But all that zippy sexiness only matters to a small slice of the US. Seventy percent of the vehicles sold in the country last year were used, according to data from Edmunds. So when Americans go electric, most will do it in a used vehicle.
There’s more than thrift involved. “If we’re serious about meeting climate change goals, we need to get rid of every internal combustion engine in the next 15 to 20 years,” says Ryan Sclar, who researches electric mobility at the World Resources Institute. “We’re not going to get there without utilizing the used market.” It’s critical, he says, that electric vehicles stay on the road as long as possible—no matter how many times the keys change hands.
Until now, though, there hasn’t been much of a market for used electric vehicles. For one, there haven’t been many used electric vehicles to buy. EVs didn’t reach even 1 percent of US vehicle sales until 2017. If you’re looking for an older EV, the pickings can be slim.
But there wasn’t much demand for used electrics, either. Most new EVs were leased, and when the leases expired, dealerships complained that they languished on the lot. The anxiety about range that afflicts new-car shoppers affects used shoppers too—but worse, as prospective buyers fret that the expensive batteries inside the vehicles might degrade all at once. The first generation of electric vehicles had a reputation for poor performance. That stuck around for a while.
“The notion was that someday this battery—this giant, expensive battery—is going to die for good, and that the owner is going to be on the hook for the replacement,” says Joe Wiesenfelder, executive editor at the online car marketplace Cars.com. “People were very afraid that a used car was much closer to the graveyard in ways internal combustion engine cars weren’t. But that was a false assumption on a lot of people’s parts.”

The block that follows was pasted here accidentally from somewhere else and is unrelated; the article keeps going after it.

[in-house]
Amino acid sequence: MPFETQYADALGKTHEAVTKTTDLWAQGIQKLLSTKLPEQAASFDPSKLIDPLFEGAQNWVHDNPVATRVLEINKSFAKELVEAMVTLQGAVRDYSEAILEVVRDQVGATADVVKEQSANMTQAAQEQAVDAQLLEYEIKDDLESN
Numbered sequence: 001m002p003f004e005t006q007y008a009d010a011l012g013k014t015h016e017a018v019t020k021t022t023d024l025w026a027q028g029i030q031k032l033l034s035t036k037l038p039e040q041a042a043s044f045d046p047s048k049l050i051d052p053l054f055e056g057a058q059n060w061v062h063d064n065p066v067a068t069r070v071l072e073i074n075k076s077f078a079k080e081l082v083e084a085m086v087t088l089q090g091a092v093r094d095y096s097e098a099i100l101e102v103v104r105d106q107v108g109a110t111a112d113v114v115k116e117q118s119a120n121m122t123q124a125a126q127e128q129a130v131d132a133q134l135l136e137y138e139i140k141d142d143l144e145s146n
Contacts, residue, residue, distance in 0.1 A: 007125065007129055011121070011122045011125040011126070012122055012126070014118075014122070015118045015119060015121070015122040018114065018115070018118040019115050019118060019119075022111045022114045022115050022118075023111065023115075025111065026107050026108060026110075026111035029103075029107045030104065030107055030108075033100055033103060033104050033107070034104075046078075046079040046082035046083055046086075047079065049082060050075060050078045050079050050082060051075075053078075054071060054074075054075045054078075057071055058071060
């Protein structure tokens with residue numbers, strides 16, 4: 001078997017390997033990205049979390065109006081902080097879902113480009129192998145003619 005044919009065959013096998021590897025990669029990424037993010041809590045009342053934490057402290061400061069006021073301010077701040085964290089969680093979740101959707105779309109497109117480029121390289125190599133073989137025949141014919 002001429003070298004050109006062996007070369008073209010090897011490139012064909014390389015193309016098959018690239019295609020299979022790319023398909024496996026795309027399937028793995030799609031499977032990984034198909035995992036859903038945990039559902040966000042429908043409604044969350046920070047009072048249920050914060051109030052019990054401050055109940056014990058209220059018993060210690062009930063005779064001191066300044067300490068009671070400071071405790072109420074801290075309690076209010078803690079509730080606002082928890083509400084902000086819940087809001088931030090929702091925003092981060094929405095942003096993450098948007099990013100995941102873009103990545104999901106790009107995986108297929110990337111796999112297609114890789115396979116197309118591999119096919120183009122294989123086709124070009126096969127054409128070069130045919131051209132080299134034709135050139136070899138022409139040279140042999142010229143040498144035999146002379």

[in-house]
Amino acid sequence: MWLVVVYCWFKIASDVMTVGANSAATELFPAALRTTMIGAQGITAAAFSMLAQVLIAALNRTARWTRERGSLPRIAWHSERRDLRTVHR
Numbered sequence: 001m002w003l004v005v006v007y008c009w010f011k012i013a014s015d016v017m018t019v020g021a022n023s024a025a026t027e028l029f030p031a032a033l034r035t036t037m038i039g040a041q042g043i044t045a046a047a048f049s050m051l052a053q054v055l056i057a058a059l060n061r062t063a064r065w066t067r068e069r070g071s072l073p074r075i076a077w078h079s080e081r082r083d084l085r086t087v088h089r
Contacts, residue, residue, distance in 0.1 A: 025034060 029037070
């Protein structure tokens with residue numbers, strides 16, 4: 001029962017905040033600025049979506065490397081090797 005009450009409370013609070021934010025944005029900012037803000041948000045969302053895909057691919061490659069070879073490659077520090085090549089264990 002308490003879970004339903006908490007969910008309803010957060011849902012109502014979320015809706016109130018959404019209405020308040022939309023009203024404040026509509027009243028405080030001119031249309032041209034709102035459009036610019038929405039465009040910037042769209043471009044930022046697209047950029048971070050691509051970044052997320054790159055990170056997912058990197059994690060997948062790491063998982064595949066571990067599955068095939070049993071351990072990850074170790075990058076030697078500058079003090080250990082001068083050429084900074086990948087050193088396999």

Now, more capable electric vehicles, with ranges exceeding 100 miles, are making their way to used car lots, like BMW i3s, Nissan Leafs, and Volkswagen E-Golfs from 2014 and later. As the market develops, some say it’s not too early to think about ways to support it.
The electric market may be like a flywheel: Get it spinning and you won’t have to worry about keeping it spinning. “Will a lot of the concerns and barriers to entry on electric vehicles erode in the next three to five years? Absolutely,” says Karl Brauer, an executive analyst at the vehicle research company iSeeCars.com. “It’s just kind of an inevitable trend.”
Ranges for new vehicles keep increasing, and batteries (which cost upwards of $5,000 to replace) have not degraded in the way some folks had feared. Some of the EV-curious also seem to be realizing that they don’t need an expensive car with a 300-mile range to get through their daily routines, especially if they have another car for longer trips.
Omar Islam got interested in electric vehicles because of Tesla, but he knew he couldn’t afford one. So he purchased a used 2013 Nissan Leaf two years ago. When the car was new—and cost $36,000—its range maxed out at 75 miles; by the time Islam bought it off Craigslist for $6,000, it got 69 to 71 miles per charge. That was more than enough for his daily driving around Marietta, Georgia, where he lives. He adored the car—until a collision took it out of service. “If I had the funds, I would buy that same car all over again,” he says.